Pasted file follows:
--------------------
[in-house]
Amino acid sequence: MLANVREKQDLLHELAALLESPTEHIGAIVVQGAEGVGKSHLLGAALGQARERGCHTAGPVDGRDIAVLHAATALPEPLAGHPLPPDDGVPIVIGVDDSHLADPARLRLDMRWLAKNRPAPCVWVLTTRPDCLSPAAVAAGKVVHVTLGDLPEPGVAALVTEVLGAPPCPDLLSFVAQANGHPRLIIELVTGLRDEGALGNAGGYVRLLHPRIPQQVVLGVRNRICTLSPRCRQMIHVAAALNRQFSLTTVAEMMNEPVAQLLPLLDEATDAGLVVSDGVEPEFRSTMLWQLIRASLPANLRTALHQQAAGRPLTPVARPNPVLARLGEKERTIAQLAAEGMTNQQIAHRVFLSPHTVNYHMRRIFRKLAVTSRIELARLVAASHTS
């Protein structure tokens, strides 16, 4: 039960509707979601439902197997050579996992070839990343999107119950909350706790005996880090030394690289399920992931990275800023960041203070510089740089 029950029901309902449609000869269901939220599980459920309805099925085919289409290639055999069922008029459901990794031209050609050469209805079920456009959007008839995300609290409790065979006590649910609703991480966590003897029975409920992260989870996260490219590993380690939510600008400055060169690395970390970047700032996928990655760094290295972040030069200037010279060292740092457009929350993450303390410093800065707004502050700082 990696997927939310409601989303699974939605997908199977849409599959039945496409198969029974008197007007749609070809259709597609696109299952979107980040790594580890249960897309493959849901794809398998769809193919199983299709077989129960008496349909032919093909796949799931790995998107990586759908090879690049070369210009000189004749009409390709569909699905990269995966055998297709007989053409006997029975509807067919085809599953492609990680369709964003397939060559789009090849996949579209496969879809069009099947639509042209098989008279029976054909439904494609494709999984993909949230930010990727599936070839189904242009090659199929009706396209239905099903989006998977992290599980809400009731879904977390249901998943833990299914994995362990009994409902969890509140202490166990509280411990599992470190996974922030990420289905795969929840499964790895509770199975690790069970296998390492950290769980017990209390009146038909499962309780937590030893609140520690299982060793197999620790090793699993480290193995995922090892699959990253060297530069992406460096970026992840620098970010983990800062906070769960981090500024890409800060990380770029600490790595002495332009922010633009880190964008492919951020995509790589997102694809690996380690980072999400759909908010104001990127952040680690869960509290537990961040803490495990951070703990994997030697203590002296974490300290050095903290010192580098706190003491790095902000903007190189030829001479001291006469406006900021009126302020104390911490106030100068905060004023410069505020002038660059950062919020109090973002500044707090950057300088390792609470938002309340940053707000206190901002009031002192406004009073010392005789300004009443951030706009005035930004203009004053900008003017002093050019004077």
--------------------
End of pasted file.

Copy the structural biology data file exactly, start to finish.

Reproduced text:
[in-house]
Amino acid sequence: MLANVREKQDLLHELAALLESPTEHIGAIVVQGAEGVGKSHLLGAALGQARERGCHTAGPVDGRDIAVLHAATALPEPLAGHPLPPDDGVPIVIGVDDSHLADPARLRLDMRWLAKNRPAPCVWVLTTRPDCLSPAAVAAGKVVHVTLGDLPEPGVAALVTEVLGAPPCPDLLSFVAQANGHPRLIIELVTGLRDEGALGNAGGYVRLLHPRIPQQVVLGVRNRICTLSPRCRQMIHVAAALNRQFSLTTVAEMMNEPVAQLLPLLDEATDAGLVVSDGVEPEFRSTMLWQLIRASLPANLRTALHQQAAGRPLTPVARPNPVLARLGEKERTIAQLAAEGMTNQQIAHRVFLSPHTVNYHMRRIFRKLAVTSRIELARLVAASHTS
């Protein structure tokens, strides 16, 4: 039960509707979601439902197997050579996992070839990343999107119950909350706790005996880090030394690289399920992931990275800023960041203070510089740089 029950029901309902449609000869269901939220599980459920309805099925085919289409290639055999069922008029459901990794031209050609050469209805079920456009959007008839995300609290409790065979006590649910609703991480966590003897029975409920992260989870996260490219590993380690939510600008400055060169690395970390970047700032996928990655760094290295972040030069200037010279060292740092457009929350993450303390410093800065707004502050700082 990696997927939310409601989303699974939605997908199977849409599959039945496409198969029974008197007007749609070809259709597609696109299952979107980040790594580890249960897309493959849901794809398998769809193919199983299709077989129960008496349909032919093909796949799931790995998107990586759908090879690049070369210009000189004749009409390709569909699905990269995966055998297709007989053409006997029975509807067919085809599953492609990680369709964003397939060559789009090849996949579209496969879809069009099947639509042209098989008279029976054909439904494609494709999984993909949230930010990727599936070839189904242009090659199929009706396209239905099903989006998977992290599980809400009731879904977390249901998943833990299914994995362990009994409902969890509140202490166990509280411990599992470190996974922030990420289905795969929840499964790895509770199975690790069970296998390492950290769980017990209390009146038909499962309780937590030893609140520690299982060793197999620790090793699993480290193995995922090892699959990253060297530069992406460096970026992840620098970010983990800062906070769960981090500024890409800060990380770029600490790595002495332009922010633009880190964008492919951020995509790589997102694809690996380690980072999400759909908010104001990127952040680690869960509290537990961040803490495990951070703990994997030697203590002296974490300290050095903290010192580098706190003491790095902000903007190189030829001479001291006469406006900021009126302020104390911490106030100068905060004023410069505020002038660059950062919020109090973002500044707090950057300088390792609470938002309340940053707000206190901002009031002192406004009073010392005789300004009443951030706009005035930004203009004053900008003017002093050019004077």